Senators want PFAS studies to include firefighters

December 13, 2018

PORTSMOUTH — A bipartisan group of U.S. senators led by Jeanne Shaheen, D-N.H., and Lisa Murkowski, R-Alaska, are calling for federal health officials to take immediate action to address firefighter exposure to PFAS chemicals.

Twenty-one senators signed on to the letter sent Thursday to the Centers for Disease Control and Prevention and Agency for Toxic Substances and Disease Registry (ATSDR).

“As you are aware, PFAS chemicals are a byproduct of aqueous film forming foam (AFFF), a fire suppressant agent, and have been linked to a number of adverse human health effects. The potential ties between PFAS and various forms of cancer are of particular concern to military and civilian firefighters across the country who may have experienced long-term occupational exposure to PFAS due to the use of AFFF in firefighting and fire training exercises,” the senators said in the letter. “Several studies, including a multi-year study completed by CDC’s National Institute for Occupational Safety and Health (NIOSH), indicate that firefighters are at a higher risk of cancer compared to the general population in the U.S.”

Shaheen established the first-ever nationwide PFAS health impact study in the fiscal year 2018 National Defense Authorization Act (NDAA), which will be conducted by ATSDR. She successfully pushed for both the study and millions to fund it after thousands of people who work at Pease International Tradeport, and children who attended two day cares there, were exposed to PFAS chemicals in the now closed Haven well, which is owned by the city of Portsmouth.

In addition to being a suspected carcinogen, ATSDR states PFAS exposure can harm childhood development, increase cholesterol levels, hurt the immune system and interfere with the human body’s hormones.

The senators’ letter added they were “disappointed” that neither military nor civilian firefighters will be included in the first ever national PFAS study.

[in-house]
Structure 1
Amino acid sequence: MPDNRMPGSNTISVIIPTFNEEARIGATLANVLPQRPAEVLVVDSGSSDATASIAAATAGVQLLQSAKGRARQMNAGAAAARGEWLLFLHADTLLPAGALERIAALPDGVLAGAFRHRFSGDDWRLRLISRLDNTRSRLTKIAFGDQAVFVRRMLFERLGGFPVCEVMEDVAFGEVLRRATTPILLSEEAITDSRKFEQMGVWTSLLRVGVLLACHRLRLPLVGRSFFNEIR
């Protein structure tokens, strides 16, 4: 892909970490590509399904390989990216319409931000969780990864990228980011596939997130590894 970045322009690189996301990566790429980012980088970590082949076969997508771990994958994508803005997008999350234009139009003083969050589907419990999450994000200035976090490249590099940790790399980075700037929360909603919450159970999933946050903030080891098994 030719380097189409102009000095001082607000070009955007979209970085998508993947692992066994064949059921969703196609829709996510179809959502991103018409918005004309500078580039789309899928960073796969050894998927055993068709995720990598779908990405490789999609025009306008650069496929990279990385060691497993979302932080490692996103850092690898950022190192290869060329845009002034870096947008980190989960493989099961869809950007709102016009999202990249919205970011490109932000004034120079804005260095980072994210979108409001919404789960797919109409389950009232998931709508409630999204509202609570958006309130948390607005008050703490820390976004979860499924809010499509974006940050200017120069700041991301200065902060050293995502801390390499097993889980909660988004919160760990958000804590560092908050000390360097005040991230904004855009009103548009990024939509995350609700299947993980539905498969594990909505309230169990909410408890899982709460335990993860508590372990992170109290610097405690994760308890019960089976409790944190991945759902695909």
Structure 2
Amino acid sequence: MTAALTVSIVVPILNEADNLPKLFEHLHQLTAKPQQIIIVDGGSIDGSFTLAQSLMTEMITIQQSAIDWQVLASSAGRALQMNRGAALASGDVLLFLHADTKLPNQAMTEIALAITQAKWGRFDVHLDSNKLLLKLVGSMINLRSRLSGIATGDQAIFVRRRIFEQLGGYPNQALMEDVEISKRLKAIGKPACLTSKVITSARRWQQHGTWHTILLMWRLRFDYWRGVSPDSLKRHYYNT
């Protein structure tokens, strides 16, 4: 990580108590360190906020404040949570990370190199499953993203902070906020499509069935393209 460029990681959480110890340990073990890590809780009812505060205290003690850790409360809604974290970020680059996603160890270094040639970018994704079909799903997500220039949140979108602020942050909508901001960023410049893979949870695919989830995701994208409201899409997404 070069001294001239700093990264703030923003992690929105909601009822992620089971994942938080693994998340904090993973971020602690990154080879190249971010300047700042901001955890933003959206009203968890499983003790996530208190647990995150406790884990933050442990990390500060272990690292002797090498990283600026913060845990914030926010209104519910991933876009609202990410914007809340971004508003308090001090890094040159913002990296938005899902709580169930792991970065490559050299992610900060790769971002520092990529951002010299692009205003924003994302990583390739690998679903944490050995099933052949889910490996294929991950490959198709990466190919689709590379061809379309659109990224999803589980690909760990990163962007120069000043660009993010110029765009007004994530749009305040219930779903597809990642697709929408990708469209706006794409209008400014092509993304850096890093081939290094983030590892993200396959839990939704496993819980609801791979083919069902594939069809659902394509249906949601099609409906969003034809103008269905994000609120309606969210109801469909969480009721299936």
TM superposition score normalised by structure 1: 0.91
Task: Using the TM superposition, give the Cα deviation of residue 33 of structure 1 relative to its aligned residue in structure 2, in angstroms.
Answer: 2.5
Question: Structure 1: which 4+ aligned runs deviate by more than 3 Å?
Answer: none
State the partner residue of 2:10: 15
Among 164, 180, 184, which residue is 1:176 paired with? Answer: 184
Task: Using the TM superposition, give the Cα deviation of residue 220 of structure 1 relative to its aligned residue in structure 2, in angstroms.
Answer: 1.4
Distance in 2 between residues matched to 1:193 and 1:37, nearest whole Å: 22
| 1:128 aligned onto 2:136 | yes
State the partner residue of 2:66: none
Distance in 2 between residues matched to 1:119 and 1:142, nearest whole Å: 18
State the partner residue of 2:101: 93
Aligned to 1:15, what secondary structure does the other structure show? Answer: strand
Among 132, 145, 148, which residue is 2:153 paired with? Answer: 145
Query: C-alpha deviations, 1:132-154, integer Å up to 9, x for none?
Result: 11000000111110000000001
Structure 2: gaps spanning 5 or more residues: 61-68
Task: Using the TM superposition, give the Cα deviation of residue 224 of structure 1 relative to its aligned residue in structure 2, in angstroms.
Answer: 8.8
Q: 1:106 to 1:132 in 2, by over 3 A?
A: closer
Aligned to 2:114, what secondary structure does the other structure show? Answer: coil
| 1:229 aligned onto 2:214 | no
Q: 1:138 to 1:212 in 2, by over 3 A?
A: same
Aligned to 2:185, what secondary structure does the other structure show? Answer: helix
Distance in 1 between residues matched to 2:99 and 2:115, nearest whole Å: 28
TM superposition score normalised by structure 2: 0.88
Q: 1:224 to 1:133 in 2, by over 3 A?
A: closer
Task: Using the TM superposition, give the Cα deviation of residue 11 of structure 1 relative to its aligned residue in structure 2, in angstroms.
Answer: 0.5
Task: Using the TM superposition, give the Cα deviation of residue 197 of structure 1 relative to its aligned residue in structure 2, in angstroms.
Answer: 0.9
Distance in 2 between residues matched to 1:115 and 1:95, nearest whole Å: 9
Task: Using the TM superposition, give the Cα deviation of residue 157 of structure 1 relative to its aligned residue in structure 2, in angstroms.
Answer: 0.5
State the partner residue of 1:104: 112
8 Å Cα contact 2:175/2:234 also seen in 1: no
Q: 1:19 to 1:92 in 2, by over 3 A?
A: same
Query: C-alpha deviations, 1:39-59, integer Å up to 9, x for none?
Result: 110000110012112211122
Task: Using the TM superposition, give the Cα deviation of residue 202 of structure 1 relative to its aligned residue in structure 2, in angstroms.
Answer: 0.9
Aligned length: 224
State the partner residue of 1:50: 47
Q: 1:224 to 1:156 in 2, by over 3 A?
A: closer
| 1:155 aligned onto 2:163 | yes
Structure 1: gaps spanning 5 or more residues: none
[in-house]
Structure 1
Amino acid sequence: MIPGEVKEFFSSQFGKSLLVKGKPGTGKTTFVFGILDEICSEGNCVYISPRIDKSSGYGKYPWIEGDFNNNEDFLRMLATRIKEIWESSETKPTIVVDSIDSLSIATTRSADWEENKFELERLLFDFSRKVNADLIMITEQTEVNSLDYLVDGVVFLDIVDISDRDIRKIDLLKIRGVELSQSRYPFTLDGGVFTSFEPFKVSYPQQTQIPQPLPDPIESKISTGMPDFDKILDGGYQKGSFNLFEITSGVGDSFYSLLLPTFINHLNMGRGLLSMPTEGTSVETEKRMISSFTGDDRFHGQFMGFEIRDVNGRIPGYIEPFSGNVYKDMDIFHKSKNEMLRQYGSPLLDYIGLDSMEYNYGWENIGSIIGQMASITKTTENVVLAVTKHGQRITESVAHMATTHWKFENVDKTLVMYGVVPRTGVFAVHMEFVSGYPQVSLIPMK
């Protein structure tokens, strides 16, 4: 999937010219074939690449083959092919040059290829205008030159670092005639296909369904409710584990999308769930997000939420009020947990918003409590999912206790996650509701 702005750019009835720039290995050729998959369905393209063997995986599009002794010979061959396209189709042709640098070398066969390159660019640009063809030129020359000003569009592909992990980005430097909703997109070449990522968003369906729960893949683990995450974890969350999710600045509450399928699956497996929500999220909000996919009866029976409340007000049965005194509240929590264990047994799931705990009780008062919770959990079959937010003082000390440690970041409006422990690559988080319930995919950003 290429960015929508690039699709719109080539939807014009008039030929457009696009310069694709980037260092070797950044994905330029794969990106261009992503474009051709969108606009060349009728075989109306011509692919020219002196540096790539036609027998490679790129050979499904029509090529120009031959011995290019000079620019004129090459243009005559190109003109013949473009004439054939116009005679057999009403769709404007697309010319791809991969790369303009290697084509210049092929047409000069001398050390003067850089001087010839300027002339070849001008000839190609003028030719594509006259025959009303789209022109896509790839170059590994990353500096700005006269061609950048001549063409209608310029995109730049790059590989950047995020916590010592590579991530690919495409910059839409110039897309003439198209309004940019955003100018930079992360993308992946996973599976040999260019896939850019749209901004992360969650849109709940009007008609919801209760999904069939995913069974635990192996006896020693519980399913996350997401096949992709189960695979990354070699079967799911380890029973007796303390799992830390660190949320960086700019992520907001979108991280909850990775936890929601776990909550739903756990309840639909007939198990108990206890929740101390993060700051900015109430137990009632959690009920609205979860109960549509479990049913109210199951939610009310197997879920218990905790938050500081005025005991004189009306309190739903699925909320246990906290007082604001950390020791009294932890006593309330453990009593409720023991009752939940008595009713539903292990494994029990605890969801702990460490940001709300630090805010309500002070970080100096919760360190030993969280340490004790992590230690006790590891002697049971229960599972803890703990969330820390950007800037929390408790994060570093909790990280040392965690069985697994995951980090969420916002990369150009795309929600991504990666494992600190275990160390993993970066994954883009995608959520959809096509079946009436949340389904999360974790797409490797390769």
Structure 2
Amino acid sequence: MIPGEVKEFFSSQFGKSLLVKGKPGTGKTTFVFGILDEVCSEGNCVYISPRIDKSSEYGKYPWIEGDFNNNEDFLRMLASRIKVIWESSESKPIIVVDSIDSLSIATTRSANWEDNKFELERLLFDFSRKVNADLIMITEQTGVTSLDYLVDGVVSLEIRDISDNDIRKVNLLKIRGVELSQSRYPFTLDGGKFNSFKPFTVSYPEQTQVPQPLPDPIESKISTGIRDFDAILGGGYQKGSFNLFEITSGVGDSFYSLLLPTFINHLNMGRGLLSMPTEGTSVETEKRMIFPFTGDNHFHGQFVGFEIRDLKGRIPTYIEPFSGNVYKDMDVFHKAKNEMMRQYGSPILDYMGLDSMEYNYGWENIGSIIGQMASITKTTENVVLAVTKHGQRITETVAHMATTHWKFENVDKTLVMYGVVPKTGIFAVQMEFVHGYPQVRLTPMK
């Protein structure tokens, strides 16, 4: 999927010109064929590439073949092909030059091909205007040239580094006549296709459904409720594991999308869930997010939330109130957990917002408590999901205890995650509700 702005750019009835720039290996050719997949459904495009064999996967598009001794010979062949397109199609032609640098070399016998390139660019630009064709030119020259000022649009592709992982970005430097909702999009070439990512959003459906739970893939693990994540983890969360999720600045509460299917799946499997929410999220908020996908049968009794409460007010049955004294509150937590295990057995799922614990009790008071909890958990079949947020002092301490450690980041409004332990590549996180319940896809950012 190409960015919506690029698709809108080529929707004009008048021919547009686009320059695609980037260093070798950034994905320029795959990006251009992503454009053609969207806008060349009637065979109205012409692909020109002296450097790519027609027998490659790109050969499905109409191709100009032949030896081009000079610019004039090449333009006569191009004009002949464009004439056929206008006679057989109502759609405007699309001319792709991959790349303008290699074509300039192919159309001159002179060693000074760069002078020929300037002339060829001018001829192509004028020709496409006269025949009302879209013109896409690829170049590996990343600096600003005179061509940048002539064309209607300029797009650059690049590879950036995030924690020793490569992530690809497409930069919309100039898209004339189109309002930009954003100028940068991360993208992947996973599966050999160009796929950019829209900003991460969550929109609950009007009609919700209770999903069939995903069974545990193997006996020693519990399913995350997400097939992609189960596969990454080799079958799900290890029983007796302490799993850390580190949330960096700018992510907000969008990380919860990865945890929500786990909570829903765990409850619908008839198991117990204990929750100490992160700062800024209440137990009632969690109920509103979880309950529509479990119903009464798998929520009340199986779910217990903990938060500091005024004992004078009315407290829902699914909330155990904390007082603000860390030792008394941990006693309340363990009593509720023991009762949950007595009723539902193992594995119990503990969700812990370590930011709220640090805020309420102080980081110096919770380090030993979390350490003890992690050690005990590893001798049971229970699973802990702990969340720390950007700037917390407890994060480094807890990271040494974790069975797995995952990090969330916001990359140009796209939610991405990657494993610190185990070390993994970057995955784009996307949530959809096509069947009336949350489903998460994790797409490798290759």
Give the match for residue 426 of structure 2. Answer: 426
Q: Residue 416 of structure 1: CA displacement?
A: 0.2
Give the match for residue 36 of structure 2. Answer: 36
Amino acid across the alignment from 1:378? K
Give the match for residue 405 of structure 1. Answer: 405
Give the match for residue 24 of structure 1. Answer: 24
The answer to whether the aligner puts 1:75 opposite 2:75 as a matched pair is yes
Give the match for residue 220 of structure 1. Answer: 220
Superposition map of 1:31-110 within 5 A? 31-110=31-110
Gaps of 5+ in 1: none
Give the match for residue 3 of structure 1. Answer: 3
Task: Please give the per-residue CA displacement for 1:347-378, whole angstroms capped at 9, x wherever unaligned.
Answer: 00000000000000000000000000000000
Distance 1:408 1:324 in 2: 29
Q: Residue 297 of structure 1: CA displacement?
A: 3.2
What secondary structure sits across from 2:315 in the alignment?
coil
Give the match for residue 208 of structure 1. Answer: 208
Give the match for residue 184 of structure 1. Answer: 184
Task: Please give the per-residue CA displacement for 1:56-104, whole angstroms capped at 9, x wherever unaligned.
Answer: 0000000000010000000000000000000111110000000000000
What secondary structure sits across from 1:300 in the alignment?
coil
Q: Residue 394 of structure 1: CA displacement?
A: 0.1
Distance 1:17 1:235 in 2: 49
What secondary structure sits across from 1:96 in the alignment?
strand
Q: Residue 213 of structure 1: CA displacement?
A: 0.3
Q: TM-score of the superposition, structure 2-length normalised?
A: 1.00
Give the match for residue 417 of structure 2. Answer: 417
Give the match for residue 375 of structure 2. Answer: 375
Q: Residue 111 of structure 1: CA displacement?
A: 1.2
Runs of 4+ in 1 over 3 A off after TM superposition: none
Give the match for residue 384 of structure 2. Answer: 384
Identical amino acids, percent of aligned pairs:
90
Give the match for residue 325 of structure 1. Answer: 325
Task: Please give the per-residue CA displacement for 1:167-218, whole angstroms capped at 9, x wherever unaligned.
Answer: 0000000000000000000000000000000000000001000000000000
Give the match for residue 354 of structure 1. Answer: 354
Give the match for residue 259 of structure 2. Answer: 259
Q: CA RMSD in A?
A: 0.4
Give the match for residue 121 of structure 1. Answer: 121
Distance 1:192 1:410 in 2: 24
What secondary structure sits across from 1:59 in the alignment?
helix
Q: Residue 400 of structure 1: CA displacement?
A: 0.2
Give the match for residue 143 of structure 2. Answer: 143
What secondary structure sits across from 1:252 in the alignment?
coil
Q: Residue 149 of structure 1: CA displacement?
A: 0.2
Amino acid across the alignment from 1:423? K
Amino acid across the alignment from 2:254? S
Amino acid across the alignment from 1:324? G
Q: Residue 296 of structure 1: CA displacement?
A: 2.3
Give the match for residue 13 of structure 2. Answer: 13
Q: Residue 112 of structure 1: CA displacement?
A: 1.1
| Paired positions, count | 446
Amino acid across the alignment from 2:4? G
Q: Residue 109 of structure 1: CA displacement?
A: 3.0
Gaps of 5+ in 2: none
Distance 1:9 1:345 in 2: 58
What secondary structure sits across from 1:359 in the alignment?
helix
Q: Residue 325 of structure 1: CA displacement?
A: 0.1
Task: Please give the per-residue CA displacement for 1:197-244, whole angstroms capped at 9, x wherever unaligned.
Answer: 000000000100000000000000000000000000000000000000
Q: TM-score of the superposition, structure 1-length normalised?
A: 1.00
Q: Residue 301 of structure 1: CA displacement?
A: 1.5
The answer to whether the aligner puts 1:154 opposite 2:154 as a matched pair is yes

The senators asked that the agencies ensure future studies investigating the potential health effects from PFAS exposure include firefighters and others who are more likely to come into contact with contamination in an occupational setting.

“Firefighters are a vital component of our nation’s emergency response system and risk their lives to protect the communities they serve,” the senators said. “There is a critical need to better understand how PFAS workplace exposure among firefighters may affect the health of these heroes and their families.”

Portsmouth firefighter Russ Osgood called it “wonderful that our senators want to look at these issues that are affecting firefighters.” Osgood has advocated for years on behalf of firefighters who are exposed to all sorts of toxins when they respond to a fire scene.

City firefighters who served at Station 3 at the former Pease Air Force Base were not only exposed to PFAS in drinking water, Osgood said, but also used the water to cook and bathed with it.

There is also evidence that older firefighter response gear included PFAS, Osgood said. “I’m glad that the senators recognize that we face multiple PFAS exposures,” he said.

He doesn’t believe city firefighters used the AFFF foam, but more veteran firefighters likely were exposed to it when they trained with Air Force firefighters.

PFAS is one of 100 toxic chemicals firefighters are exposed to, Osgood said.

“There are hundreds of compounds in fire smoke, it really depends on what’s burning,” he said. “Our homes have become riddled with plastic and that poses a big problem for fire load in homes. They burn fast, they burn hot, they burn really toxic.”


By:  Jeff McMenemy
Source: Seacoast Online